I am a fan of the English language and all the messy rules that go with it. I resist change. In formal writing, I do not begin my sentences with coordinating conjunctions. I do not press "send" until I have proofread my text messages. Yes, I am one of THOSE people. I am, however, on the bandwagon to standardize the singular use of the plural pronoun "they."
Using "they" as a singular pronoun is, by far, the most common mistake in student writing, but perhaps it should not be considered a mistake at all, rather a better option than the clunky and binary "he or she."
Besides the obvious binary gender issue, which is important to many of my students, there is one big reason why "they" should be an acceptable singular: efficiency of language.
Consider this sentence:
Kelly or Brennan will organize the committee, but ? or ? will need help with the finances.
The names Kelly or Brennan are gender-neutral, but require a singular pronoun, according to the rules (if it were "Kelly and Brennan," then the plural "they" would be the correct pronoun), so what if the writer doesn't know whether "he" or "she" is appropriate? Consider the sentence, written according to the rules, even if the writer does know the genders:
Kelly or Brennan will organize the committee, but she or he will need help with the finances.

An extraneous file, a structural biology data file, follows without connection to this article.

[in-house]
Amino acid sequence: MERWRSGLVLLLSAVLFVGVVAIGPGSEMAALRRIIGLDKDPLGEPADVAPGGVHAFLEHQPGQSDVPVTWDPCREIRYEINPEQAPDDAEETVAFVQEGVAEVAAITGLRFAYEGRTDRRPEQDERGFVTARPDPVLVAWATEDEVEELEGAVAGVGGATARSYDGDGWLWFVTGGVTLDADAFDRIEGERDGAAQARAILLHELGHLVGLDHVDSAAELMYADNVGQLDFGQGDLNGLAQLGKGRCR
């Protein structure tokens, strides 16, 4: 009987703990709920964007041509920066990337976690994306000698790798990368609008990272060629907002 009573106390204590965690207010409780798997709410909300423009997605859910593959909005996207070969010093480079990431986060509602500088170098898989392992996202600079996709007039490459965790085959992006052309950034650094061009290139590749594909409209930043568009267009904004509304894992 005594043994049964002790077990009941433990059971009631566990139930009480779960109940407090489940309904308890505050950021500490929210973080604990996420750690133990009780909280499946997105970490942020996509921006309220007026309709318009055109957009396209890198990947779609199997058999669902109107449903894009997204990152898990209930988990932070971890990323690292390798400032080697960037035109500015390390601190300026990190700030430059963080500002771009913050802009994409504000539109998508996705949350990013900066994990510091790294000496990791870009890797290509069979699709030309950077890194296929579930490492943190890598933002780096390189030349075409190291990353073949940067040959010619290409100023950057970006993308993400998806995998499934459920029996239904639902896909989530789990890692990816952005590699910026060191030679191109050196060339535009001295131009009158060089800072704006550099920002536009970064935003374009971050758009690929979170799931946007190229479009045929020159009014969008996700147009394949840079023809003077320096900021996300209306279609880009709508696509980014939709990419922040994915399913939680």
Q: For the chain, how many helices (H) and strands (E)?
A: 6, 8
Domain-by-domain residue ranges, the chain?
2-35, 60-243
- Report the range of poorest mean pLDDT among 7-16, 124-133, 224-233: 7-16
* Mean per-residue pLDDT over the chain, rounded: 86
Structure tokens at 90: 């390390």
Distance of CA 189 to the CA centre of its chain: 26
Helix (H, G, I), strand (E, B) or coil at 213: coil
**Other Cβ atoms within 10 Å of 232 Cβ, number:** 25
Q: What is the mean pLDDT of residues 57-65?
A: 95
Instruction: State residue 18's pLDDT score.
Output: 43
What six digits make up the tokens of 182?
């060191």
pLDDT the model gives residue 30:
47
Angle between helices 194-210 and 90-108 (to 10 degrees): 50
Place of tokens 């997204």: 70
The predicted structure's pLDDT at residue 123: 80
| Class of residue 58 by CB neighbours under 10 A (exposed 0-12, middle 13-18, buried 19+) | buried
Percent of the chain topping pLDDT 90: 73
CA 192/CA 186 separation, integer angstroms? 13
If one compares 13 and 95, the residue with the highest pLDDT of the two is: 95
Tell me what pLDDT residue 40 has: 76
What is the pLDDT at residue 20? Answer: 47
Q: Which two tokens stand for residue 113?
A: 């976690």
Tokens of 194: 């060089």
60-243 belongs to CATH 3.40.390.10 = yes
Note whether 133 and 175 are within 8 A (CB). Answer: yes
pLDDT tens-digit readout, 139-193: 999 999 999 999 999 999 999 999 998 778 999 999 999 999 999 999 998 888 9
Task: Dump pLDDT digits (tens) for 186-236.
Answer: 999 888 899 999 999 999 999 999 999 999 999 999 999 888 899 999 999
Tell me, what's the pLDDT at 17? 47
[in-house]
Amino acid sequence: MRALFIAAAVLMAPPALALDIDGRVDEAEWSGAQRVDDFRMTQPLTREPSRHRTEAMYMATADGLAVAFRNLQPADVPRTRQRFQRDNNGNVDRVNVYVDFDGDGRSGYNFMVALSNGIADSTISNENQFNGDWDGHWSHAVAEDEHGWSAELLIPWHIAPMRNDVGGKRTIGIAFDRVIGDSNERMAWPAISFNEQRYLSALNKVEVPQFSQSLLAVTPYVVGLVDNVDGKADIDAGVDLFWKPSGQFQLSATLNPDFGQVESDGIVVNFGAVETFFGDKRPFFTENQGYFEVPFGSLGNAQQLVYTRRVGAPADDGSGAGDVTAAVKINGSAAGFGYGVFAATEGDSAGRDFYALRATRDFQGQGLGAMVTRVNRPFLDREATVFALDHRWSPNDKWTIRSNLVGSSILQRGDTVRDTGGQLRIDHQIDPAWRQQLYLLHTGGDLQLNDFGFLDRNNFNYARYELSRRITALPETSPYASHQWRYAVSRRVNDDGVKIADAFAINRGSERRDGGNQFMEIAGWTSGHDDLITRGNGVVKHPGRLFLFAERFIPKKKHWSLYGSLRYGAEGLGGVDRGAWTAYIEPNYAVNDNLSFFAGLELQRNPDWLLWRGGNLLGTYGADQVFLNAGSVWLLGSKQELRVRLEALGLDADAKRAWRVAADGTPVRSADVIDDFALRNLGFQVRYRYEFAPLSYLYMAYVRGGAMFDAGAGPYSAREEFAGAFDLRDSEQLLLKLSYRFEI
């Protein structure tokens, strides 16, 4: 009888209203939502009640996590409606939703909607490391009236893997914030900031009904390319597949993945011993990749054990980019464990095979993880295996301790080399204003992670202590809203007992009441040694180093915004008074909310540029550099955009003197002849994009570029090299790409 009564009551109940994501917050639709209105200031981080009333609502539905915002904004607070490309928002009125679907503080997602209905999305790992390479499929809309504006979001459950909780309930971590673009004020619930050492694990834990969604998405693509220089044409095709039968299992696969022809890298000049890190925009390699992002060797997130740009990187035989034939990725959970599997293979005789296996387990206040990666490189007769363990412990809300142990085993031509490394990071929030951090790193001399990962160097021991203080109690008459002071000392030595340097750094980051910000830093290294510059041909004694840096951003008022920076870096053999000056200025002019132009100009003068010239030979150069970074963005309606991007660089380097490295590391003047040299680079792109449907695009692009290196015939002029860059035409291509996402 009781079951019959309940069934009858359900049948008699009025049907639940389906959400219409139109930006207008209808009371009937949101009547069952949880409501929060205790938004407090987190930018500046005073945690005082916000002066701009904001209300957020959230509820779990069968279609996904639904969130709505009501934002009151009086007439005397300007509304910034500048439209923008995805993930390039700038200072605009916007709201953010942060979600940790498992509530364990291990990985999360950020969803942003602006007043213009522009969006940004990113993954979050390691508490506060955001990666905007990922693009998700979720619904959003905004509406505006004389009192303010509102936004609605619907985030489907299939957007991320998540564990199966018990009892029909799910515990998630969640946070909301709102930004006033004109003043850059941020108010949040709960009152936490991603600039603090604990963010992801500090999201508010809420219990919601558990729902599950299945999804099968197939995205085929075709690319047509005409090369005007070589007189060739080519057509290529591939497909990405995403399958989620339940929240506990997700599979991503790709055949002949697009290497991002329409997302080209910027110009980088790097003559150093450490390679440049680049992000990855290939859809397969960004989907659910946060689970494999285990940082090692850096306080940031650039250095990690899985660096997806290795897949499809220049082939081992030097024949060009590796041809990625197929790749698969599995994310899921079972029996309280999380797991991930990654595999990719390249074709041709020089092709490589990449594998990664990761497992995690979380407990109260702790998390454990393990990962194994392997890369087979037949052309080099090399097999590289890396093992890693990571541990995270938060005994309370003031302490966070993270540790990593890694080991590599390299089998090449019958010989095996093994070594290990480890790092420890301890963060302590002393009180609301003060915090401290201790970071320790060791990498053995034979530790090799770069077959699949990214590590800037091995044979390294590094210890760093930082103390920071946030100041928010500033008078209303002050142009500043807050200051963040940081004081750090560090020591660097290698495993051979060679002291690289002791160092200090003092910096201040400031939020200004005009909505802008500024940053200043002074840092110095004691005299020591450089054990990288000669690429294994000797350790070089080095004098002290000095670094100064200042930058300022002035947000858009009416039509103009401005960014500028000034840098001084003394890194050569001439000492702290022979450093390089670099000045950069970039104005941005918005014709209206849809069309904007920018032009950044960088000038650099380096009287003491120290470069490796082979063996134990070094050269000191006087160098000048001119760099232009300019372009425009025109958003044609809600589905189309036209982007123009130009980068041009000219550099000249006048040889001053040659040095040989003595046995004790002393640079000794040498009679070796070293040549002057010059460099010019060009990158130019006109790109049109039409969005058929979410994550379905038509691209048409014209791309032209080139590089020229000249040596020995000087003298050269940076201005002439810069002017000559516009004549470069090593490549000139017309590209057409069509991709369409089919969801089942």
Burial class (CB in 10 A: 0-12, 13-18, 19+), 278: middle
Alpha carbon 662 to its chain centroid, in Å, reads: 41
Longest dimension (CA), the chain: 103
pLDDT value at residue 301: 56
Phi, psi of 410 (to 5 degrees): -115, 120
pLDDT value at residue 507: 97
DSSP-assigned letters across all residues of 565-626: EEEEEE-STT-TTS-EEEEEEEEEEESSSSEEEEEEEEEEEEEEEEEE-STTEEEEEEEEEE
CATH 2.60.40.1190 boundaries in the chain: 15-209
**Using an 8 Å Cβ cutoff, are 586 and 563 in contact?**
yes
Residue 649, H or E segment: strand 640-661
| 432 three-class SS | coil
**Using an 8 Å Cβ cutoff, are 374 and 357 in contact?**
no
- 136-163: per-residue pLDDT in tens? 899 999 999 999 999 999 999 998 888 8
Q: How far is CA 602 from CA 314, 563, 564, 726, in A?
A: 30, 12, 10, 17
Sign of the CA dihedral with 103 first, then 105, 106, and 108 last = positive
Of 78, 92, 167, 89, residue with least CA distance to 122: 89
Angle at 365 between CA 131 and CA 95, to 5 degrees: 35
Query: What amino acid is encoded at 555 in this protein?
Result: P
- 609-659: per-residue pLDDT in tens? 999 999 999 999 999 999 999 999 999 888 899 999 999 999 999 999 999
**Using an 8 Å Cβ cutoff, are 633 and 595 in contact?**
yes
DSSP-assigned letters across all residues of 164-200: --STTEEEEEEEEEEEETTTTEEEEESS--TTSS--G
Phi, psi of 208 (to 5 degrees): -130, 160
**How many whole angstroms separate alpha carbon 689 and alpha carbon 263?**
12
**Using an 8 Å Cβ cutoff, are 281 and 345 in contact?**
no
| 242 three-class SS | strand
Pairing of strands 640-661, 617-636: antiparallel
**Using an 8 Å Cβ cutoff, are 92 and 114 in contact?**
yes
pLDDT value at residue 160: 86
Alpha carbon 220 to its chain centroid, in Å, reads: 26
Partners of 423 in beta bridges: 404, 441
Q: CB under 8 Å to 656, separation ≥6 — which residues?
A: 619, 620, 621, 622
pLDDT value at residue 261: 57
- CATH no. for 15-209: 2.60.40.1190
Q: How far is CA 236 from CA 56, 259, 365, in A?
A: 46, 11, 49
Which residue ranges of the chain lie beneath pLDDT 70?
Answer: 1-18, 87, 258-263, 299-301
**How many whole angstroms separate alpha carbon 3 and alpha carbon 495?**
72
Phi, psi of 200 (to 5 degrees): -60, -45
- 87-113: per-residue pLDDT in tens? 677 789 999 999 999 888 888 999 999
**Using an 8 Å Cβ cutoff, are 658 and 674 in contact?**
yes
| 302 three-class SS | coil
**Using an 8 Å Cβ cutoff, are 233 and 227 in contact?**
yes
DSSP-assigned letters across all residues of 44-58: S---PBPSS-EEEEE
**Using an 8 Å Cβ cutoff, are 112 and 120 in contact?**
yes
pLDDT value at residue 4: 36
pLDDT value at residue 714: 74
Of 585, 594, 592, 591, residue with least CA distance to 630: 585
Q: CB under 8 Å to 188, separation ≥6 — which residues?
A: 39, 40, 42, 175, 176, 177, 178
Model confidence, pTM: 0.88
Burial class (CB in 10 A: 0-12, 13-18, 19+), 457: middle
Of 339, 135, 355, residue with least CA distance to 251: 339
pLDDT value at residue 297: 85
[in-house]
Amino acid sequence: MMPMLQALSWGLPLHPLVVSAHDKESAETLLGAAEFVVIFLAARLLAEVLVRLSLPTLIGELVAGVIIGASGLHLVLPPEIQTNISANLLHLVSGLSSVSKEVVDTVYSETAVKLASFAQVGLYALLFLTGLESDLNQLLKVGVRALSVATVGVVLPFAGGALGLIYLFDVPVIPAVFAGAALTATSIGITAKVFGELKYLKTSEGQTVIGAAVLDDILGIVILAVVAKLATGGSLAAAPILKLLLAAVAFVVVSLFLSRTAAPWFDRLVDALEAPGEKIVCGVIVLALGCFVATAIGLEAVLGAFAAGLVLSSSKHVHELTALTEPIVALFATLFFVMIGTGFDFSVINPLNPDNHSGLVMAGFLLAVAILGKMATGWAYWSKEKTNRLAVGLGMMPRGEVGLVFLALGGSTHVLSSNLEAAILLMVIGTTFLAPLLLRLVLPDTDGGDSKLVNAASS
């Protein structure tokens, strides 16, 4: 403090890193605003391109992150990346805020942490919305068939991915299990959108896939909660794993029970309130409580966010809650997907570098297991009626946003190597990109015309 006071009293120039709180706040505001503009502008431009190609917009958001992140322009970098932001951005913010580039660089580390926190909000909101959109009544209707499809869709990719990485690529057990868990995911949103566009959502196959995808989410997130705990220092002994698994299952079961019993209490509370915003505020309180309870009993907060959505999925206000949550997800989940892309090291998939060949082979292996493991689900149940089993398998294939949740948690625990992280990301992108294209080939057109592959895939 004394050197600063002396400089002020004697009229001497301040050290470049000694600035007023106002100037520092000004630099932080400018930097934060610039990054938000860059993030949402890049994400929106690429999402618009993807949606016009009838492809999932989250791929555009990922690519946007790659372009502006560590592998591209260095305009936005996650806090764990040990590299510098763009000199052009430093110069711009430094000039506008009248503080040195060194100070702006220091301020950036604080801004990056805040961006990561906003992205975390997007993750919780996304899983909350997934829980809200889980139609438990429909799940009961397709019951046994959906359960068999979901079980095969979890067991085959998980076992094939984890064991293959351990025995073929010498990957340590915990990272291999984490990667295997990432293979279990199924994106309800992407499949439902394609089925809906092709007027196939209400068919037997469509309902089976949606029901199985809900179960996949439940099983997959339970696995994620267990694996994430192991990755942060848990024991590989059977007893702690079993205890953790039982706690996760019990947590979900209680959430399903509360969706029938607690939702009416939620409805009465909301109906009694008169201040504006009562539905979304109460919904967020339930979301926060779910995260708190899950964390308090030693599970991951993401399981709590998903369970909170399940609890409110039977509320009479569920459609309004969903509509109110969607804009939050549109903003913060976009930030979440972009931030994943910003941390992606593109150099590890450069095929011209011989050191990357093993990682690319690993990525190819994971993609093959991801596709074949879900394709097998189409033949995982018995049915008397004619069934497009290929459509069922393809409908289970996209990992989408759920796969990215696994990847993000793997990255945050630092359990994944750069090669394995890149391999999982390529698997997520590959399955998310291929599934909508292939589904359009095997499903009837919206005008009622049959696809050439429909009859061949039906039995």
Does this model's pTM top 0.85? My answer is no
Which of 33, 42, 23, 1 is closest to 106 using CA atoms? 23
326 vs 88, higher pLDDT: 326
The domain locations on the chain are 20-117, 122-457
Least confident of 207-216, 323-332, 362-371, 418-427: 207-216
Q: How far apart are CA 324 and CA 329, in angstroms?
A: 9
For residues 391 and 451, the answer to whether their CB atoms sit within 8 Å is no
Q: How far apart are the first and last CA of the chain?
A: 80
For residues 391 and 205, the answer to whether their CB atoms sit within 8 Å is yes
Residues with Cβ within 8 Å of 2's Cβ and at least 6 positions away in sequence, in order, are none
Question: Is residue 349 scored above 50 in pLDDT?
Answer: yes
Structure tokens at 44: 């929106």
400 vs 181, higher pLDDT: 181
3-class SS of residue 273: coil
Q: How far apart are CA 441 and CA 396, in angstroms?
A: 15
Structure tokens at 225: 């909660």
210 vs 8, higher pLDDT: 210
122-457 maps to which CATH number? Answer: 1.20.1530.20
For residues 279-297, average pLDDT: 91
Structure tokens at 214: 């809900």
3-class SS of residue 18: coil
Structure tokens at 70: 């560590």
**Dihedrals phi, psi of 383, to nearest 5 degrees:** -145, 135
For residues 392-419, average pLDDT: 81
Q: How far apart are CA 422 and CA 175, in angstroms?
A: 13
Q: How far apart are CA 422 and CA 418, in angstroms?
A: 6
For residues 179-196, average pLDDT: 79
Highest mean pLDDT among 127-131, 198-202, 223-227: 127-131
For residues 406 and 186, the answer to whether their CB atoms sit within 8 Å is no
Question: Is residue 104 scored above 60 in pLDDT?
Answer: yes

Clunky. It would be easy to make a case for the plural "they" here instead of the "she or he," or guessing the gendered pronouns (or the untenable "...but he/she or he/she...).
The stickler on my shoulder says, "There could be a misunderstanding! Someone might think Kelly and Brennan are working together!" Granted, the first part of the sentence is clear that one or the other will organize the committee, and the second half states that both of them will need help, but to me, the flow of the sentence with "they" trumps any confusion.
Also consider the most common situation where "they" would make sense:
If a student wishes to enroll after the deadline, he or she will need to take his or her petition to the academic counseling office.
There are a lot of extra words in that sentence and the flow is not good. Previously, if I saw this sentence in an essay written like this, "If a student wishes to enroll after the deadline, they will need to take their petitions to the academic counseling office," I would suggest changing "a student" to "students" rather than changing the pronoun "they" to "he or she" and "his or her." This is a cop-out, because it's simply a workaround to a greater problem. Now, I just let it be, because, frankly, the pronoun "they" works better.
It will be an uncomfortable shift for those of us who make our livings sussing out the small errors of the written language, but I suspect for almost everyone else, they will be surprised (if they give it any thought at all) that using "they" as a singular was ever incorrect.